UHC at risk without new sin taxes

Yellow Pad

Last Jan. 18, leaders of 30 Philippine medical societies gathered to call for the Senate passage of a bill increasing the excise tax on cigarettes to at least P60 per pack. “The increase will provide crucial funding for the Universal Health Care (UHC) Act that will benefit the current and future generations of all Filipinos from womb to tomb,” went their manifesto.

Indeed, sin taxes have played a significant role in boosting the health budget since legislation of the Sin Tax Reform Act in 2012. Not only did the said law significantly raise the excise taxes on alcohol and cigarettes, but it also earmarks a substantial portion of the incremental revenues for health. As a result, the health budget has grown tremendously over the last six years, from P44 billion in 2012 to P171 billion in 2018. This is despite the law’s effectiveness in reducing the number of smokers in the country.

Recently, however, some senators seem to be confident that the soon-to-be signed Universal Health Care Act can be sufficiently funded even without an increase in sin taxes. In particular, Senate President Vicente Sotto III enumerates the following resources for UHC: existing sin tax incremental revenue for health, subsidy for PhilHealth premiums of sponsored members, existing budget of the Department of Health (DoH), 40% of the PCSO charity fund, 50% of the national government share of PAGCOR earnings, and PhilHealth premium contributions. The first three items in the list are actually overlapping; remove the intersections and they make up the national budget for health.

But are existing funds really enough to support an anticipated major reform in the health care system?

A closer look at the numbers reveals that the emerging 2019 proposed budget for health by the Senate is P25 billion less than the P171 billion health budget in 2018. Why are we cutting the health budget when UHC is expected to improve access to health care by growing the number of health care workers and expanding PhilHealth membership and health benefits of all Filipinos?

While there have been pronouncements that the Senate intends to augment the budget by P32 billion more so that the national budget increases to P178 billion, it has yet to happen. Even so, that will still be just an increment of P7 billion, a measly amount compared to the huge changes that UHC hopes to accomplish.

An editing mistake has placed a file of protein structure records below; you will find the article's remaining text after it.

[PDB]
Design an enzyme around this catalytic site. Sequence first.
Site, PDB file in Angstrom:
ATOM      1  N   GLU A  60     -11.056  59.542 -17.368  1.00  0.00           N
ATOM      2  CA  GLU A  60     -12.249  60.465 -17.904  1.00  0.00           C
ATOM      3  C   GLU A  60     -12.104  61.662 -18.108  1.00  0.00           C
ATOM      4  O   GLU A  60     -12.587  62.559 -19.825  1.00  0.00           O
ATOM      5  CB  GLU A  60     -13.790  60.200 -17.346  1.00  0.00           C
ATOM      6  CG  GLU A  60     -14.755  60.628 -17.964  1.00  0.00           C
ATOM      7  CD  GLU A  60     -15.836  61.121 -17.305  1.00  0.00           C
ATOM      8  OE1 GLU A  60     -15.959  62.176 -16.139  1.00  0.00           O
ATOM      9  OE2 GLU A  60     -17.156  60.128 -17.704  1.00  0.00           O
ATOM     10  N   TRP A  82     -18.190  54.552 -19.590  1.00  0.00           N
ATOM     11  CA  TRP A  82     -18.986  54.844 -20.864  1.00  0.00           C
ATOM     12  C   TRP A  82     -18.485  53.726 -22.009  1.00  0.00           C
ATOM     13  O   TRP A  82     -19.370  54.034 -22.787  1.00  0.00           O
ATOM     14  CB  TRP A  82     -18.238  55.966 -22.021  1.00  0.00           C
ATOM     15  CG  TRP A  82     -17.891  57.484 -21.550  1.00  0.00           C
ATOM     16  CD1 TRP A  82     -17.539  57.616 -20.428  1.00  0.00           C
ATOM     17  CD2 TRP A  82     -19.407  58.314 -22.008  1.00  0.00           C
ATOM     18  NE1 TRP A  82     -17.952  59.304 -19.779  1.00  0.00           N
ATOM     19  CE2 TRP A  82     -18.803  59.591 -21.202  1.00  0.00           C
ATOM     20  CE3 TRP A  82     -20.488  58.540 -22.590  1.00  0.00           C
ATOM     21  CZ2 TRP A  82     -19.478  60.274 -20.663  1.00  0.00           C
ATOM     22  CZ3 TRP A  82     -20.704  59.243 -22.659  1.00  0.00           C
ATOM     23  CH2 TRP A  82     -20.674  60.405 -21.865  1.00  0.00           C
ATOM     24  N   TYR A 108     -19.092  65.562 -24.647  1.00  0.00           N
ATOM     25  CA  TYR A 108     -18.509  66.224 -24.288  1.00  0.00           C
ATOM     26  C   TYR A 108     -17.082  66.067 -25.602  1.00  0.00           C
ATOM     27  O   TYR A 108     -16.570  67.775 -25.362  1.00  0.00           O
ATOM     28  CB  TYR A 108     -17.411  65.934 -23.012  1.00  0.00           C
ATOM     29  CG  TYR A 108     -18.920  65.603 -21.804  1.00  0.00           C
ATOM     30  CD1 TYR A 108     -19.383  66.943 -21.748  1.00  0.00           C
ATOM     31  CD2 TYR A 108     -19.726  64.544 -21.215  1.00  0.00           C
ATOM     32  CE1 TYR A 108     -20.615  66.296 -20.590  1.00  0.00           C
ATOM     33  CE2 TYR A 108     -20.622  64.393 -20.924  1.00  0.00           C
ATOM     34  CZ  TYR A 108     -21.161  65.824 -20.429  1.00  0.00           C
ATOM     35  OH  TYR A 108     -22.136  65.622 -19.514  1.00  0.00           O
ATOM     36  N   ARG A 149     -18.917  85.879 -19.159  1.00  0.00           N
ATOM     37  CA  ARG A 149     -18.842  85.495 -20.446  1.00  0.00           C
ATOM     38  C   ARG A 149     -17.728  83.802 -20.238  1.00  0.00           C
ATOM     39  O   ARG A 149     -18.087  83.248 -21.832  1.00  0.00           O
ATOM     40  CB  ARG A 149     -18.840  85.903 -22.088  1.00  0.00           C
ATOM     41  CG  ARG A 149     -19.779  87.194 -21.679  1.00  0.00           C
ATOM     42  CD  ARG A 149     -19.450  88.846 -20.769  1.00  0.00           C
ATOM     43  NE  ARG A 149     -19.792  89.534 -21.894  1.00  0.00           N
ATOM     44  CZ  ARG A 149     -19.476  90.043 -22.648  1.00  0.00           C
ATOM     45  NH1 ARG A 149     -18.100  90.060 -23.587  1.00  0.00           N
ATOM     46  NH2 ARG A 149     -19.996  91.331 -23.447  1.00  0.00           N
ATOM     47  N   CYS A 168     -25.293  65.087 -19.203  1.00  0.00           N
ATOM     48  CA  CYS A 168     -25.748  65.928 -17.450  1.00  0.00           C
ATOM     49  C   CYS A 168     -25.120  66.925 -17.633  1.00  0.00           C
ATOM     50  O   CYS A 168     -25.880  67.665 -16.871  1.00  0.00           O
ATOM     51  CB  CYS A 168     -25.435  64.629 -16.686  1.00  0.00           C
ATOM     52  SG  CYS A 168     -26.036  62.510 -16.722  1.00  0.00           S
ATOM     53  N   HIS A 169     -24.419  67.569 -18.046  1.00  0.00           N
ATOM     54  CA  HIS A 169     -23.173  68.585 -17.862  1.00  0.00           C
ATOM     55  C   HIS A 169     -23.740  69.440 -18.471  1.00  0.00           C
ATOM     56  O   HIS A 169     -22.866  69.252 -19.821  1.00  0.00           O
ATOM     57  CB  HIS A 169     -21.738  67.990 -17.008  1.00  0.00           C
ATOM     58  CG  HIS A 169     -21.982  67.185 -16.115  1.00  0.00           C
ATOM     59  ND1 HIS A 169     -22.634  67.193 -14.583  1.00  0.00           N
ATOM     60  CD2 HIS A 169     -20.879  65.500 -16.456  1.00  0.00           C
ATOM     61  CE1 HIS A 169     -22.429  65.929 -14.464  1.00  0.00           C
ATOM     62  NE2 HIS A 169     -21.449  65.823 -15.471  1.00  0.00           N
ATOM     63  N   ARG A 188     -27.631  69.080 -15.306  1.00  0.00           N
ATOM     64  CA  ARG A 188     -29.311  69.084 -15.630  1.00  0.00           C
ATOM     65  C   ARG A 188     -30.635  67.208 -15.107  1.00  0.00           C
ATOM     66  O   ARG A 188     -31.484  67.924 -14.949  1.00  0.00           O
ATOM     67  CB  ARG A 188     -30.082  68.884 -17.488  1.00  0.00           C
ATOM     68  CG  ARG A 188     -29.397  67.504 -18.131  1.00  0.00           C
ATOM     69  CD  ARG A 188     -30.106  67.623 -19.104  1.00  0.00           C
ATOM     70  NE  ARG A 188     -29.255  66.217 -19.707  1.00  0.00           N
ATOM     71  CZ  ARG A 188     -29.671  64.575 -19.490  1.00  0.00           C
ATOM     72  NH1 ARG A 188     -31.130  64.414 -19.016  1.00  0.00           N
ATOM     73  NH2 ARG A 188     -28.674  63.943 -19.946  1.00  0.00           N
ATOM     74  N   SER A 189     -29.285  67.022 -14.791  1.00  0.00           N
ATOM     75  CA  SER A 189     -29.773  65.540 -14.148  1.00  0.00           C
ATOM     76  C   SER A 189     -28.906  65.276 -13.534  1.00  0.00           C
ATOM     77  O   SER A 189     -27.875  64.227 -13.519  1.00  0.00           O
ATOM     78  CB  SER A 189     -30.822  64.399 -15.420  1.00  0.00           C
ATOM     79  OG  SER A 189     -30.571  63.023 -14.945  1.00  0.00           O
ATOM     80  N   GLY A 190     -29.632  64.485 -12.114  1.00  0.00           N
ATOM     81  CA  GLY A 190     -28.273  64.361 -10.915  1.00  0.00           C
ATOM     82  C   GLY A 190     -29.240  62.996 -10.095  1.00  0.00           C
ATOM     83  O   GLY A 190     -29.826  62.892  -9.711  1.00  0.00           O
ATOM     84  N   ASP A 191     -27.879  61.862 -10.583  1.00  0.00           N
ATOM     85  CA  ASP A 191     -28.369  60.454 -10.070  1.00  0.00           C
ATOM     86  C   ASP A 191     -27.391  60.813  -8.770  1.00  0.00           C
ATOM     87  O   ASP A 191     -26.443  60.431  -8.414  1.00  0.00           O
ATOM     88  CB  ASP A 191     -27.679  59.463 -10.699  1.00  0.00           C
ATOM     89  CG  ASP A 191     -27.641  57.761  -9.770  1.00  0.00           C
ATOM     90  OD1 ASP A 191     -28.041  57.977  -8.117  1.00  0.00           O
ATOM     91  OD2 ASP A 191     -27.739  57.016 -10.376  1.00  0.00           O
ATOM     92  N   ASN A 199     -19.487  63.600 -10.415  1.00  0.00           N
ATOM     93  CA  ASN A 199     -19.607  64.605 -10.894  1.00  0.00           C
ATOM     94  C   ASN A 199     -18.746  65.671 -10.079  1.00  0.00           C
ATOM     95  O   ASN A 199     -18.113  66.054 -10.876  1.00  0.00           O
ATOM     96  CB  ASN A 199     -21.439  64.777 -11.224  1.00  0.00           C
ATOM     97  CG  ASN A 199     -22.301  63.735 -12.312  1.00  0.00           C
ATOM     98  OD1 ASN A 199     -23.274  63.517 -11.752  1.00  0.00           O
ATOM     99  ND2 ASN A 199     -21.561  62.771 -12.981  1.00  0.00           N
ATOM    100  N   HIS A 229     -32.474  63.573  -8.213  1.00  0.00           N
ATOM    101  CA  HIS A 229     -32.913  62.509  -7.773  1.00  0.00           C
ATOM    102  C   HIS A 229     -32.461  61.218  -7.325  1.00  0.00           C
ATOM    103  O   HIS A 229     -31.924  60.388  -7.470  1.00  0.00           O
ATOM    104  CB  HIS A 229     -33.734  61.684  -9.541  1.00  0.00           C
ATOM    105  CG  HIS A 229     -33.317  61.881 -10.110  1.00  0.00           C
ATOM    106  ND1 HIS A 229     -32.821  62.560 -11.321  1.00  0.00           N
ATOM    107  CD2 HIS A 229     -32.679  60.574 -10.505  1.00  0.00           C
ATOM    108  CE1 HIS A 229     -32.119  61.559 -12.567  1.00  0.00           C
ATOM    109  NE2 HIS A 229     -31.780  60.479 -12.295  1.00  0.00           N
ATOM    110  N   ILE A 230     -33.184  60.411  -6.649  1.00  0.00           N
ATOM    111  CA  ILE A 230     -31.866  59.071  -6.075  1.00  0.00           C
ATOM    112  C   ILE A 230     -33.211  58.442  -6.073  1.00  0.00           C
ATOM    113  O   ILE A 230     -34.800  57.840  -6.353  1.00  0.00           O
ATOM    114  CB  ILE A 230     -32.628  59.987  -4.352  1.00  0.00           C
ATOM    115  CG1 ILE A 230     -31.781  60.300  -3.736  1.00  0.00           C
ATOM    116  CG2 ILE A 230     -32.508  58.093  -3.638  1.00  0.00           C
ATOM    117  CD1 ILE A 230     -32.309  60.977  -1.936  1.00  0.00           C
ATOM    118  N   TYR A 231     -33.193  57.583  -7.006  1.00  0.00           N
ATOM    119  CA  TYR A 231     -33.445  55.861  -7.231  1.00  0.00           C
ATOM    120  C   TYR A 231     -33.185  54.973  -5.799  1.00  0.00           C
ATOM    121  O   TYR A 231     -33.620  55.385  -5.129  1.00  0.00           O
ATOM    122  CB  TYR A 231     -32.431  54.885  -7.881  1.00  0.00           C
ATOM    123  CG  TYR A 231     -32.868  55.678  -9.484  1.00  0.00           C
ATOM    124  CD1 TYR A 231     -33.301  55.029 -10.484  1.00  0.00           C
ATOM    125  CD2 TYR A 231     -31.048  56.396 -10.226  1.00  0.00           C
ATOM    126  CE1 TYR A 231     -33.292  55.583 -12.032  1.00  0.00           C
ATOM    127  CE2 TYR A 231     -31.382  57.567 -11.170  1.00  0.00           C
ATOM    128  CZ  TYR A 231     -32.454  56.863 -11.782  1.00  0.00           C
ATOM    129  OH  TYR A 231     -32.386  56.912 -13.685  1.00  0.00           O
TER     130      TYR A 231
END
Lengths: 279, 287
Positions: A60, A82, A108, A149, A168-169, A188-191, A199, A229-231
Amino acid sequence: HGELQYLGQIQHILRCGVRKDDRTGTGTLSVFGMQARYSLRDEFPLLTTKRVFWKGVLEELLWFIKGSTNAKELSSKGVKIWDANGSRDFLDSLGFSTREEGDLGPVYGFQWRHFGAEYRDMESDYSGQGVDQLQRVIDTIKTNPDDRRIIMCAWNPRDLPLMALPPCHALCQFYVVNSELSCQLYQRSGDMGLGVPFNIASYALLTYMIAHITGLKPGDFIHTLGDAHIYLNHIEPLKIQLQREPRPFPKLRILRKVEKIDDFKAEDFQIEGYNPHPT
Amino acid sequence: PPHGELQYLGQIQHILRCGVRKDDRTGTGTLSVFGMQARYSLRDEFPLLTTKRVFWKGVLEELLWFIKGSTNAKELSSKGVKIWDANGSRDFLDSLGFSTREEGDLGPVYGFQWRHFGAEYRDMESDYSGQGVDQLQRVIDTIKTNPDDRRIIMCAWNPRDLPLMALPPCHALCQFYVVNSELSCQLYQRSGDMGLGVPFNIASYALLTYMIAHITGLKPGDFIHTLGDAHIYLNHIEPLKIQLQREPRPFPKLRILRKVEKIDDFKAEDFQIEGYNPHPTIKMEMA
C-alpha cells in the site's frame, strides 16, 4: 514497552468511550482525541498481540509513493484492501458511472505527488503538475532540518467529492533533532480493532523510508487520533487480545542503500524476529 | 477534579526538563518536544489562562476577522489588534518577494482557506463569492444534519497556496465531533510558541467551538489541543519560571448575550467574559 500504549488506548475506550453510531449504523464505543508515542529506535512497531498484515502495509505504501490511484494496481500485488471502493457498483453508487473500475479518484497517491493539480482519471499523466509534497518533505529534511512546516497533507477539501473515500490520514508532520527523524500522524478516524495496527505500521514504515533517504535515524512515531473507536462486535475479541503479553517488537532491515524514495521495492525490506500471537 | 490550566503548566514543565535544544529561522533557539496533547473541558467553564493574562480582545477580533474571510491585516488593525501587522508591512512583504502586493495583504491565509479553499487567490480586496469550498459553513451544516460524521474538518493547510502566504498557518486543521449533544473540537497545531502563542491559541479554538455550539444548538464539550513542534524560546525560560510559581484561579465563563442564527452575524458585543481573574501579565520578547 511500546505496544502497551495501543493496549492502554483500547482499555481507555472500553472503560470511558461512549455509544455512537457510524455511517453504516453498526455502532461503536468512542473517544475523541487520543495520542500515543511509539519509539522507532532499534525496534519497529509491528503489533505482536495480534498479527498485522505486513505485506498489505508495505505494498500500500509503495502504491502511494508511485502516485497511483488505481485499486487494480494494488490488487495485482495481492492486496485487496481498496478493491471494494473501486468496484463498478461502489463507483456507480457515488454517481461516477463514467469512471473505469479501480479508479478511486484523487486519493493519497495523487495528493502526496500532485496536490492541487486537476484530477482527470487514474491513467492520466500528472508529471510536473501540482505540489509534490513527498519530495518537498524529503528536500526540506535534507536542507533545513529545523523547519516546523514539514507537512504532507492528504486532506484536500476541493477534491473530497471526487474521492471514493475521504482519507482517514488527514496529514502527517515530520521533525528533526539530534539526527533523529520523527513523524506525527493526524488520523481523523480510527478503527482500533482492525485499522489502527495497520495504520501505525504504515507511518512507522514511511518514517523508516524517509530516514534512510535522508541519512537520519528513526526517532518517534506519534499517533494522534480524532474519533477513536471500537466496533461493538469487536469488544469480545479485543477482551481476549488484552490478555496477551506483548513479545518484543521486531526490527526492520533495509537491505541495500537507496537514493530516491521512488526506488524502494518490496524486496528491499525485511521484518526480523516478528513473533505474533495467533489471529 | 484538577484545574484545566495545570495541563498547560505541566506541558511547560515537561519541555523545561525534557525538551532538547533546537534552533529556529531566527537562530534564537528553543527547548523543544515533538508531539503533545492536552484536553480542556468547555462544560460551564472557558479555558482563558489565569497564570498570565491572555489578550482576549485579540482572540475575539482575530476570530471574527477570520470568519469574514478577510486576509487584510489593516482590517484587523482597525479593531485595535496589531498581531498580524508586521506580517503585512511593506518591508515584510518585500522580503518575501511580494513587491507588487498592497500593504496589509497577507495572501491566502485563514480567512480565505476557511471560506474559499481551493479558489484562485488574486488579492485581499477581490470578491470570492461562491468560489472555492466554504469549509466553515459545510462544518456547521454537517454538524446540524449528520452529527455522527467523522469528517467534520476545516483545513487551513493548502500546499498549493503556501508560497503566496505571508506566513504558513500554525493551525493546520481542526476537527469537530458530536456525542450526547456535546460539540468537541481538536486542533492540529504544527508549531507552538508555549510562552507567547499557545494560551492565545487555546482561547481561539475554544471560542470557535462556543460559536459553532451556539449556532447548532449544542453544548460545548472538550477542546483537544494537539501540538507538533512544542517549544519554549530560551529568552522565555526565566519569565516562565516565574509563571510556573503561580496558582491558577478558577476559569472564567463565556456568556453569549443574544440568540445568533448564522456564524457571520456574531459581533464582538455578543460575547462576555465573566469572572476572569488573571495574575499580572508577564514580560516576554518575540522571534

The amount that will be pooled from PCSO and PAGCOR is also not entirely “new money” for health. Bulk of the P17 billion that is expected from PCSO and PAGCOR are already being spent on health. This is not to belittle the importance of pooling of funds (which is a reform on its own as it helps our country move towards a single-payer health care system) but only to emphasize that it will not be enough in bridging the financing gap for UHC.

What about the P60 billion, which is the estimated total of PhilHealth premium contributions for 2019; will this not address UHC’s funding requirement? According to the Annual Report of PhilHealth, a total of P57 billion was collected from the premium contributions of non-sponsored members in 2017. This implies that only P3 billion will be added to the existing funds already being collected by PhilHealth.

In summary, we see a potential increment of P7 billion, subject to the Senate’s fulfillment of its promise to add P32 billion to the emerging national budget for health, and another P3 billion from premium contributions, or a total of P10 billion.

Meanwhile, six out of ten Filipinos die unattended by any medical personnel. Non-communicable diseases are on the rise even as infectious diseases, such as tuberculosis and pneumonia, continue to kill thousands of Filipinos each year. Maternal mortality in the country is still one of the highest in the region. The inequities in access to health care and health outcomes remain to be severe, despite increased PhilHealth coverage of the poor.

For sure, we still can and need to improve on how we are allocating and spending our current resources for health. This too is one of the main objectives of UHC. Nevertheless, the gaps in our health care system are so huge, complex, and intertwined that full implementation of a comprehensive reform, such as UHC, is necessary to effectively address them. In other words, piecemeal approaches will no longer work.

Now, how in the world could we make P10 billion enough for the big changes that UHC will introduce in its first year? Without a corresponding increase in the excise taxes, where can we expect to get substantial and sustainable additional funds for health, especially in the succeeding years of UHC implementation?

I fervently hope that, for the sake of the Filipino people, our senators will reconsider our doctors’ appeal for the immediate passage of the sin taxes. May this last part of the medical societies’ manifesto serve as an encouragement to our legislators, especially the reelectionists, to do the right thing: “In this coming election, we and our constituents commit to fully support legislators who champion this measure, and rally against those who delay or block its passage.”


Jo-Ann Latuja-Diosana is a trustee of Action for Economic Reforms.

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